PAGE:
In addition to the usual care that was provided, the intervention [3,4,5], which was previously adapted  to fit the Michigan HCBW, was implemented. RNs, SWs, and OTs conducted up to 10 additional home visits over 16 weeks and provided assistive devices (e.g., commode) and home modifications and alterations (e.g., installing devices or widening doorways) . RNs, SWs, and OTs consulted with the individual receiving the care (beneficiary) to identify daily activity goals (e.g., taking a shower and walking to the bathroom) and evaluate barriers to achieving the goals to attain their desired outcomes, and then, care was provided. OTs assisted beneficiaries to carry out ADLs and IADLs that were challenging, such as meal preparation, bathing, and dressing. RNs targeted pain and mood management, fall prevention, incontinence prevention, and medication management. SWs addressed social and behavioral needs and issues and coordinated community resources.
As shown in our published protocol paper , 9 strategies were included in the implementation bundle. A formal relationship was established by memorandum of understanding, delineating the role and duties of study staff, HCBW site, internal facilitators, and clinicians, and an informal relationship was built among those parties via monthly meetings (virtual). Readiness to implement, leadership, clinician attitude toward use of evidence, and self-efficacy were examined. Training of clinicians on use of the intervention with beneficiaries and of internal facilitators and the external facilitator on facilitation occurred. A coalition of internal facilitators met monthly (virtual) to share best practices (implementation and intervention). IF and EF are described below. Fidelity to implementation strategies was monitored, and feedback was provided to internal facilitators and the external facilitator.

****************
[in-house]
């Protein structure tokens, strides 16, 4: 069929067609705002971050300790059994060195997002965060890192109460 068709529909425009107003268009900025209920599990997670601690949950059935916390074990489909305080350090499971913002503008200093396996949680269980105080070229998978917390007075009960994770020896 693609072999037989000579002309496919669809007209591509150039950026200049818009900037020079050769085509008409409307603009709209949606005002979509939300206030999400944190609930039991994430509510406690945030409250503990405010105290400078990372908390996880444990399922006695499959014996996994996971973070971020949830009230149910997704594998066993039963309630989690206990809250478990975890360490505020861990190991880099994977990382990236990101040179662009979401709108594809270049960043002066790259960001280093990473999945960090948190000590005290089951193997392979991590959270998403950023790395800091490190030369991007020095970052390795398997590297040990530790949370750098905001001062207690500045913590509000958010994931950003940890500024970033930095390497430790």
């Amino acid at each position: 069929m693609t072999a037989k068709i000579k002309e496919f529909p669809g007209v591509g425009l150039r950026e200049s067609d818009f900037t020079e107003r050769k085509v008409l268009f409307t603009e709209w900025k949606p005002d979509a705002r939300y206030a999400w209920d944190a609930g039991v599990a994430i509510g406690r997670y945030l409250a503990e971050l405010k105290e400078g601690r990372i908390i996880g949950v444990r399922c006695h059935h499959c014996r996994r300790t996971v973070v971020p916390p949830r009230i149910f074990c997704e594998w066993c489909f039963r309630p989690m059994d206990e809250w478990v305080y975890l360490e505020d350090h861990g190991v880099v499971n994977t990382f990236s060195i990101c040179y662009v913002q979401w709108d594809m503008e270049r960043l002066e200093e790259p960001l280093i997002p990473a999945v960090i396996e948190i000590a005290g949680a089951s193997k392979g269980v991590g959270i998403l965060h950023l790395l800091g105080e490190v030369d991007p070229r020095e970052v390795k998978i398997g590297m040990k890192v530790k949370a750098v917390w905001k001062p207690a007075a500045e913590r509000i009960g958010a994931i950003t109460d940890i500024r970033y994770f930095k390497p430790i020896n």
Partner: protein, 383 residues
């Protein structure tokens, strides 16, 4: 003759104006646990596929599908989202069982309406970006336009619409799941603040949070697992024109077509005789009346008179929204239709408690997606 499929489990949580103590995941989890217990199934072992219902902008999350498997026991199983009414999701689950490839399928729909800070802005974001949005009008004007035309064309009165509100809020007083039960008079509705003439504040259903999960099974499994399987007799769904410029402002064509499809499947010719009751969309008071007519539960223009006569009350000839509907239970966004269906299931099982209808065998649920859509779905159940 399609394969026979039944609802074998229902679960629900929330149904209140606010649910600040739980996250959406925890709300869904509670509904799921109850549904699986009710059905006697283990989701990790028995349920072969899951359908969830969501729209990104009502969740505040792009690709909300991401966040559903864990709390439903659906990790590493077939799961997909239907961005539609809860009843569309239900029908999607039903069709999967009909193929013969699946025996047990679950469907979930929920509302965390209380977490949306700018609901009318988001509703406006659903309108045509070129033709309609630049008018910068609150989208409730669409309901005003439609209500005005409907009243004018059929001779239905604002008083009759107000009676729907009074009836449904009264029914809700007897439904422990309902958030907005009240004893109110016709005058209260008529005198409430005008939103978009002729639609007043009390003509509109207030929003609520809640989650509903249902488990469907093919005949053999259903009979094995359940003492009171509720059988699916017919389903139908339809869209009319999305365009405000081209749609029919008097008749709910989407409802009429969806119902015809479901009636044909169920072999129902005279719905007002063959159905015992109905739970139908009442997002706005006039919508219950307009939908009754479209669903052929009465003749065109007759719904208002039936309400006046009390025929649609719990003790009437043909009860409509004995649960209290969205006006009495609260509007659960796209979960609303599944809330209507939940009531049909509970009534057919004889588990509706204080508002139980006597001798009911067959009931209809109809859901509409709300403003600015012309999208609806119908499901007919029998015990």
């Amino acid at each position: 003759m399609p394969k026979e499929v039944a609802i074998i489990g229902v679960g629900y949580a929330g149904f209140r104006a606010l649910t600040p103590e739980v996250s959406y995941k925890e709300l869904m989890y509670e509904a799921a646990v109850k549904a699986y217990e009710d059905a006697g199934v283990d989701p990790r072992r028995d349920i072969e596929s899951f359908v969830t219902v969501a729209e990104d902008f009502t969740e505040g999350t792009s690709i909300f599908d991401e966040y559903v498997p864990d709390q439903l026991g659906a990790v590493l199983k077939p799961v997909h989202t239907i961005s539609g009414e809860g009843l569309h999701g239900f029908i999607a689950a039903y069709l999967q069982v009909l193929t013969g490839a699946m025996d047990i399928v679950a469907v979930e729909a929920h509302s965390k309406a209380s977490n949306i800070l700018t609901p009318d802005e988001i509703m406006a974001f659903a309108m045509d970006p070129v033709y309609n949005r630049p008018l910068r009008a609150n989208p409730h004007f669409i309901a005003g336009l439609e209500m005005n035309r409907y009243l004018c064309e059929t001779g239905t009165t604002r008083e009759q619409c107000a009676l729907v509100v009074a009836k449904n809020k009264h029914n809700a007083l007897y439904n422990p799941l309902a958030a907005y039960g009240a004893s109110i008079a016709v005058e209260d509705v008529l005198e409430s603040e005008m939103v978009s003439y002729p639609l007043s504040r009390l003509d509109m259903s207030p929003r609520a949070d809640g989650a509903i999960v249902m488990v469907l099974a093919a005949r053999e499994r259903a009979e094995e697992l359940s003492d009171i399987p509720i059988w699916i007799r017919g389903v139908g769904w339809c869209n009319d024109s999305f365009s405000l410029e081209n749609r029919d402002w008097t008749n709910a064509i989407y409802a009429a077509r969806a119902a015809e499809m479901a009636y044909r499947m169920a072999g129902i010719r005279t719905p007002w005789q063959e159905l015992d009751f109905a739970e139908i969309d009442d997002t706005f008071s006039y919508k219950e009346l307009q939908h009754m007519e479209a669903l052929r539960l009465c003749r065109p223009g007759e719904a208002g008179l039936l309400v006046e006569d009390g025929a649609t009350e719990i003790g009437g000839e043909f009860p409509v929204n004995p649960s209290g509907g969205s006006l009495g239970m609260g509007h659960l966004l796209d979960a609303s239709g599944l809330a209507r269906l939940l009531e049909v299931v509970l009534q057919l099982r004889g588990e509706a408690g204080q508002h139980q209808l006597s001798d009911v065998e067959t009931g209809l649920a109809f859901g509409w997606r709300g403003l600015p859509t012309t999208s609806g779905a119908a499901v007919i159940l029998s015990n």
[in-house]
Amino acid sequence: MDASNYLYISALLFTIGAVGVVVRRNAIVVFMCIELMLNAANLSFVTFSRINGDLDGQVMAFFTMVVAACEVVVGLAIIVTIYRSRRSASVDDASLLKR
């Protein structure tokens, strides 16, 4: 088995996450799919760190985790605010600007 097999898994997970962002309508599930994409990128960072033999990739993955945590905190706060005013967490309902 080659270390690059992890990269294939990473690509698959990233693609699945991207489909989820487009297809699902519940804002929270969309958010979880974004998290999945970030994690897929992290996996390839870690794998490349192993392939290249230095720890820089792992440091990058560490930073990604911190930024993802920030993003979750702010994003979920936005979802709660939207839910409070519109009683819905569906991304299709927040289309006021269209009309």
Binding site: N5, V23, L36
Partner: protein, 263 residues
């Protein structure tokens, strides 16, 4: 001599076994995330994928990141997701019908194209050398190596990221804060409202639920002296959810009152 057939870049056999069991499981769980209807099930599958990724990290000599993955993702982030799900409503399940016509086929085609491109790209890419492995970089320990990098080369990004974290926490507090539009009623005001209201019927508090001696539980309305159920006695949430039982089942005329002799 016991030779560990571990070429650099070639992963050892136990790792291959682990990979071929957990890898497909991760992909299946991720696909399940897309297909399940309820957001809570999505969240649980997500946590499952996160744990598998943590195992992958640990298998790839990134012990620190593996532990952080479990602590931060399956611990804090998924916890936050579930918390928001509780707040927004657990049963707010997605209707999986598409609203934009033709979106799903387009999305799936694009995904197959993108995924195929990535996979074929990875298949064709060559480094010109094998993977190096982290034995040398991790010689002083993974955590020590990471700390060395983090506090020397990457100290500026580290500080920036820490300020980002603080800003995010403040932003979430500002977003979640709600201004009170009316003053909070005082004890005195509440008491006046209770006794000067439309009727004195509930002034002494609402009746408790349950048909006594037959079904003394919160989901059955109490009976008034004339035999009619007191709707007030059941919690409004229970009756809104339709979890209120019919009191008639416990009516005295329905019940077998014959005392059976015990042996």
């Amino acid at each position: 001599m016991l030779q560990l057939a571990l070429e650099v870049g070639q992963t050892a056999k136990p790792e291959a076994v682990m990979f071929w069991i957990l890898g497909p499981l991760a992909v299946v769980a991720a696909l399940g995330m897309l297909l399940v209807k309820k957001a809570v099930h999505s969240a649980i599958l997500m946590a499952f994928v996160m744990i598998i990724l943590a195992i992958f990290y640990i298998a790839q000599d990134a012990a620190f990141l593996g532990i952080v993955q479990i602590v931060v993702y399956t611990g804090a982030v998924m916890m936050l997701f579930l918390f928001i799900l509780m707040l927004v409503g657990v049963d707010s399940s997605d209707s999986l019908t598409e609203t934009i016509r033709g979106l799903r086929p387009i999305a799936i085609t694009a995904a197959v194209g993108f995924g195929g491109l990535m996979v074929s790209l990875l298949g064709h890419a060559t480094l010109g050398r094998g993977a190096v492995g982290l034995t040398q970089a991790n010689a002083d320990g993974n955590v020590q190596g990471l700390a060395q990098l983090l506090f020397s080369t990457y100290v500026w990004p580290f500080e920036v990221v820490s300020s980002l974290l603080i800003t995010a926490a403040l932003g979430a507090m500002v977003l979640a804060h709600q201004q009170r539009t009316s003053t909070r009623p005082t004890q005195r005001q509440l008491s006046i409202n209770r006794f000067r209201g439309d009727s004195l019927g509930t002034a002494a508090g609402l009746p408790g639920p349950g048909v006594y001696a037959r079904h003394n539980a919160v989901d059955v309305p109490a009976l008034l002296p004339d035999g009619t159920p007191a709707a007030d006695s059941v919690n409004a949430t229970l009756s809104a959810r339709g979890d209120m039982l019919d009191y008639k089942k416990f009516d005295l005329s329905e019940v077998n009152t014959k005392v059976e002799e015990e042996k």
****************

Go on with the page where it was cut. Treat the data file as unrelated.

Internal facilitators acted as “change agents” and “champions,” utilizing the implementation strategy bundle to support RNs, SWs, and OTs’ use of the intervention with beneficiaries (IF arm and IF + EF arm). They were identified by management teams at the sites based on the following criteria: experienced HCBW manager/supervisor (RN or SW); organized, understands the needs of others, and clear communication skills; and believed the intervention was effective. Internal facilitator training included 9-online modules on the role and tasks, problem-solving, feedback, reflection, counseling, motivational interviewing, and remediation and a 60-min session (synchronous) with the study team covering competencies  and the implementation plan.
Internal facilitators’ tasks (IF arm and IF + EF arm) prior to implementation included the following:
Clarified purpose and role of internal facilitator with study staff.
Integrated the intervention within existing clinical programs and services.
Engaged local leadership to support implementation and use of the intervention (e.g., sign agreement).
Reviewed the structured implementation toolkit and products (e.g., posters, emails, scripts).
Conducted an implementation needs assessment with key stakeholders to identify potential barriers.
Set expectations based on the local needs assessment (e.g., need to hire OT).